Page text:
Create the ability for states to pool their catastrophe risk with one another,
Allow states to transfer risk to the private markets through catastrophe bonds and reinsurance contracts, and
Create the National Homeowners Insurance Stabilization Program to provide low interest federal loans to states impacted by severe natural disasters.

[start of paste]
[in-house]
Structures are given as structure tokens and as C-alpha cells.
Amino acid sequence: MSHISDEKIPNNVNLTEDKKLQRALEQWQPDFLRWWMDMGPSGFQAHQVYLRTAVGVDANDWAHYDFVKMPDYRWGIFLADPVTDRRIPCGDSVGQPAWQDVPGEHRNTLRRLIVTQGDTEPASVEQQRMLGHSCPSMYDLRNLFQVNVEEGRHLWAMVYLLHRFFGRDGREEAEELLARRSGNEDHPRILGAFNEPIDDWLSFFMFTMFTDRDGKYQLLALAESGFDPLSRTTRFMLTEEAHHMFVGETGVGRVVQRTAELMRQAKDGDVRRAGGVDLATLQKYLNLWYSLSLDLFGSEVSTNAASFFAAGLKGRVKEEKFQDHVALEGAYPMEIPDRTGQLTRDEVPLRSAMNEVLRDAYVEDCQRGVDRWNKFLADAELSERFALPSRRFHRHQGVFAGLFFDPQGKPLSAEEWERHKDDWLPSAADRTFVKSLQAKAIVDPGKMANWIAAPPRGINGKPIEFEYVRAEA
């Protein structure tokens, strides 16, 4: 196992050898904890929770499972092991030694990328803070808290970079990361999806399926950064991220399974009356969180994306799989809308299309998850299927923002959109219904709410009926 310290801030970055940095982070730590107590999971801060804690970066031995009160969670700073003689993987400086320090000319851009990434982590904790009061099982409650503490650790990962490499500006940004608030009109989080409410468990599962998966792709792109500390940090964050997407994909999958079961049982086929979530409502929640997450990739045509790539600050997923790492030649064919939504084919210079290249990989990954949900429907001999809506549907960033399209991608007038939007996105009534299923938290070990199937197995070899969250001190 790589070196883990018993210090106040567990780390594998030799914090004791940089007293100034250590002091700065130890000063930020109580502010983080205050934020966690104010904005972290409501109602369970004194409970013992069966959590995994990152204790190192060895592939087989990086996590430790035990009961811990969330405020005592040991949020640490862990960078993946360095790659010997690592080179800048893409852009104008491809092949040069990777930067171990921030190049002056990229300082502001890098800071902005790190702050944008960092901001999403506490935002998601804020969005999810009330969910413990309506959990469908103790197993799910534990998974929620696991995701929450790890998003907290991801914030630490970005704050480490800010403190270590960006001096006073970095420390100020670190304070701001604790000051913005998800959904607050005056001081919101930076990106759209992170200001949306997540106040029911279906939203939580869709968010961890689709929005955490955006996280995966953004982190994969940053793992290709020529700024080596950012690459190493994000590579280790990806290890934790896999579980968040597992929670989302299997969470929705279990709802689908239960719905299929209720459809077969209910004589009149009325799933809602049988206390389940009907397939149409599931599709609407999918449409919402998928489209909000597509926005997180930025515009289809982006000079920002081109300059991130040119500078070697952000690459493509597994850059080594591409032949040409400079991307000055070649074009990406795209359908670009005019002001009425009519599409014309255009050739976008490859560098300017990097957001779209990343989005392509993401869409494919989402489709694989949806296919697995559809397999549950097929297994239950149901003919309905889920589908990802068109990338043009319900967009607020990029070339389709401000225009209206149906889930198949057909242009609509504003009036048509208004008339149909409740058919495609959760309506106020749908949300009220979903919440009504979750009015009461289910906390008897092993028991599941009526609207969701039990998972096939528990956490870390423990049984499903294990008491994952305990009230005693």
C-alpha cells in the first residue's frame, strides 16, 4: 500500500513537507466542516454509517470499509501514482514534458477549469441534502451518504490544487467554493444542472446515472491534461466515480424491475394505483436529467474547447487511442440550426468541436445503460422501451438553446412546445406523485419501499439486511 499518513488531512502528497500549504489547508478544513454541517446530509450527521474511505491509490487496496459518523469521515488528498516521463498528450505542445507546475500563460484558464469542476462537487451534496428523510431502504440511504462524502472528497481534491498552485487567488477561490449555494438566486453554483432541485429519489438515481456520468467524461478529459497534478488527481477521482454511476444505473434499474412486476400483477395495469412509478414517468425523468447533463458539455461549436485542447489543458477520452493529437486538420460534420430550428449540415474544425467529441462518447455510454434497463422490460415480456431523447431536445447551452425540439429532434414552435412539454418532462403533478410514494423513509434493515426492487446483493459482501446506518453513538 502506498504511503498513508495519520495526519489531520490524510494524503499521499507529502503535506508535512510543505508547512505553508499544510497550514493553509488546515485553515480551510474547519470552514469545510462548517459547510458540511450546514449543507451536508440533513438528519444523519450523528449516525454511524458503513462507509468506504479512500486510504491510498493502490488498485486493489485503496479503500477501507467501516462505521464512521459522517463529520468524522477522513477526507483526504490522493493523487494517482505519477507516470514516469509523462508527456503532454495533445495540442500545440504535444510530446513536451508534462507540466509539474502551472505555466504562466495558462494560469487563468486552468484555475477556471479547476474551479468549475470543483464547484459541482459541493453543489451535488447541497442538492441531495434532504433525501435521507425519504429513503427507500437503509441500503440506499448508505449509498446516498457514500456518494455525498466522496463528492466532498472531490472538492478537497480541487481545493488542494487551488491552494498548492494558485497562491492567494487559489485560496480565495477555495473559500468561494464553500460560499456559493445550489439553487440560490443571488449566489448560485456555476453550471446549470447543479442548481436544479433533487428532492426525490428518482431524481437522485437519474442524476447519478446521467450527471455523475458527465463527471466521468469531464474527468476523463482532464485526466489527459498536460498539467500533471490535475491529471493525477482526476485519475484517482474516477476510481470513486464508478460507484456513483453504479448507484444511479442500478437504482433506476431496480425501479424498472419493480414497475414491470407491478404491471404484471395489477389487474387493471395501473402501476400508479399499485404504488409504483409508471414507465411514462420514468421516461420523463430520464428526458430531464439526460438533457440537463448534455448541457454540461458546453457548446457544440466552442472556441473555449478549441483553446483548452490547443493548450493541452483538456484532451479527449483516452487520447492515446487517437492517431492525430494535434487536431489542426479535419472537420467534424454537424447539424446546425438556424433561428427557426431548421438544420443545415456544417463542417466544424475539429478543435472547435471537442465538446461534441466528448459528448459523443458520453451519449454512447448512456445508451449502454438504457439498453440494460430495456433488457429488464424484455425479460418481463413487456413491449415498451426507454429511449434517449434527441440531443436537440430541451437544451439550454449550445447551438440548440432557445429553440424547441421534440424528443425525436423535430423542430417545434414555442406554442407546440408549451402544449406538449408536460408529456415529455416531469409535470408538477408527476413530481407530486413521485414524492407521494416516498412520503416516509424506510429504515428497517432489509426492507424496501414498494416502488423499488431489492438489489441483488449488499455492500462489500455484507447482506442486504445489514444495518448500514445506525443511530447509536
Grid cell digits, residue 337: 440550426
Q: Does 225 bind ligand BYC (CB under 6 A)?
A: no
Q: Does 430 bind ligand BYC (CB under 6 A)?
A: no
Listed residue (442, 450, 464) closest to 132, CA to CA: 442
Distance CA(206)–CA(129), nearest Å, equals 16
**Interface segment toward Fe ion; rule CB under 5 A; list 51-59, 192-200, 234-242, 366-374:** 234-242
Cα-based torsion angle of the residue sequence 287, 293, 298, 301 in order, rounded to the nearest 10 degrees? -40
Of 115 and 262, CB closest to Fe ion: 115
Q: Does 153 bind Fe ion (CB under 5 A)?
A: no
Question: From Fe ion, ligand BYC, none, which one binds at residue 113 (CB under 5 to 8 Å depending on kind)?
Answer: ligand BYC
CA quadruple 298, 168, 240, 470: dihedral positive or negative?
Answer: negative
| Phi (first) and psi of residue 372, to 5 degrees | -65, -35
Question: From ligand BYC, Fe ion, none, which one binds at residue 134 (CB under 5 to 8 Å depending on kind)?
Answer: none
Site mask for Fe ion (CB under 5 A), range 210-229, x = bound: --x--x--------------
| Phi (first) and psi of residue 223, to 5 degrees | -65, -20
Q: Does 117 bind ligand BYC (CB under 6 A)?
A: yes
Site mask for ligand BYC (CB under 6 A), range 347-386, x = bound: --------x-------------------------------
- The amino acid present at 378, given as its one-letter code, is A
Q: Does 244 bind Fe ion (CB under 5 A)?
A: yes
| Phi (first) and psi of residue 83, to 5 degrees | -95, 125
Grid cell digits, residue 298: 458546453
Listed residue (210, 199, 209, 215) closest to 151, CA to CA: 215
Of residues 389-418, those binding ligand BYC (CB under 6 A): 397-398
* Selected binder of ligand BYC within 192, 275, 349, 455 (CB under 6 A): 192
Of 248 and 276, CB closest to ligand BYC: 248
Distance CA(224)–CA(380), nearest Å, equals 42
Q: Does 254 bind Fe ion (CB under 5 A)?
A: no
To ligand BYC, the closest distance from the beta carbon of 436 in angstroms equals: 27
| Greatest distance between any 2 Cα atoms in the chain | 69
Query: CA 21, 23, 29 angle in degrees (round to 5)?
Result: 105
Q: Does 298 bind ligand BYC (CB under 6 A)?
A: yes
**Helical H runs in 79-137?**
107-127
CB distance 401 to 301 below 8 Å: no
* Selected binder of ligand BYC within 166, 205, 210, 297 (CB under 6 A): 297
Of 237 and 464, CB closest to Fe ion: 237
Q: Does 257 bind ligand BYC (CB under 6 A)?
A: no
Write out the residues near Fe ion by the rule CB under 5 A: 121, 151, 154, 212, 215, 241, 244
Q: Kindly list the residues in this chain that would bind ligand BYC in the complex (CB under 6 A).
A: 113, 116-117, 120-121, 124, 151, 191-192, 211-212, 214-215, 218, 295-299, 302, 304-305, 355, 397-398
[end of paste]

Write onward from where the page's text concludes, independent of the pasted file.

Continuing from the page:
On September 6, Vince Malta testified in front of the Subcommittees for the House Financial Services Committee in favor of H.R. 3355 on behalf of the REALTORS®.5. Banks in Real EstateC.A.R. Policy:C.A.R. supports the separation of Banking and Commerce.In early 2001, the Federal Reserve and the U.S. Treasury Department proposed rules to expand the powers of national bank conglomerates. The agencies proposed allowing national bank conglomeratesto engage in real estate brokerage and management; reclassifying these activities as financial in nature. C.A.R. and NAR strongly oppose the proposal, arguing that the Bank Holding Company Act of 1956 and the Gramm-Leach-Bliley Act (GLB) of 1999 do not authorize banking firms to provide real estate brokerage and property management services, as these are non-financial activities. REALTORS® have supported the enactment of the Community Choice in Real Estate Act in previous sessions of Congress, which removes the powers of these agencies to regulate these real estate activities.C.A.R. and NAR policy supports the separation of banking and commerce. If permitted toengage in real estate brokerage and management, national bank conglomerates would have an unfair competitive advantage resulting in inherent conflicts of interest.The House introduced H.R. 111 and the Senate introduced S. 413, both of which would place a permanent ban on banks entering into real estate activities. Presently, H.R. 111 has 264 cosponsors and S. 413 has 21 cosponsors.While the Community Choice in Real Estate Act has yet to pass, C.A.R. and NAR have been successful in getting Congress to block the Treasury from implementing its rule.The House passed a one-year moratorium on allowing banks in real estate. The Senate Appropriations Committee passed a permanent ban on banks in real estate, thanks in large part to the vocal support of California Senator Dianne Feinstein.6. Industrial Loan CompaniesC.A.R. Policy: C.A.R. supports the separation ofBanking and Commerce.In 2006, in response to applications from Wal-Mart and Home Depot to become owners of industrial loan companies (ILCs), REALTORS®, bank trade associations, and many others voiced concerns to the FederalDeposit Insurance Corporation (FDIC) and Congress about mixing banking and commerce through the ILC statutory loophole that permits commercial firms to own this type of federally insured state bank. Congress is considering amending the Federal Deposit Insurance Act to close the ILC loophole.Responding to pressure by Congress and the regulators, Wal-Mart withdrew its application to charter an ILC. However, numerous commercial companies, including Home Depot, DaimlerChrysler, Ford Motor Companyand Toyota are still pursuing owning an ILC.REALTORS® are supporting the enactment of H.R. 698, the "Industrial Bank Holding Company Act of 2007." H.R. 698 would prevent an ILC from being controlled by a commercial firm. On May 21, 2007, the House overwhelmingly passed H.R. 698 371-16. On May 10, 2007, Senator Sherrod Brown (D-OH) introduced companion legislation in the Senate, S. 1356. S. 1356 has been referredto the Senate Banking, Housing, and Urban Affairs Committee. 7. Flood InsuranceC.A.R. Policy: C.A.R. supports reform of the NFIPOn March 26, 2007, CongressmanBarney Frank (D-MA) introduced H.R. 1682, the Flood Insurance Reform and Modernization Act. The purpose of this bill is to financially stabilize the National Flood Insurance Program (NFIP). Following the 2005 hurricane season, the NFIP went $25 billion in the red and has yet to recover. Congress extended financial assistance to the NFIP; however, it is only a temporary solution and C.A.R. is cautiously optimistic that a bill will be passed prior tothe end of the 110th Congress.H.R. 1682 would: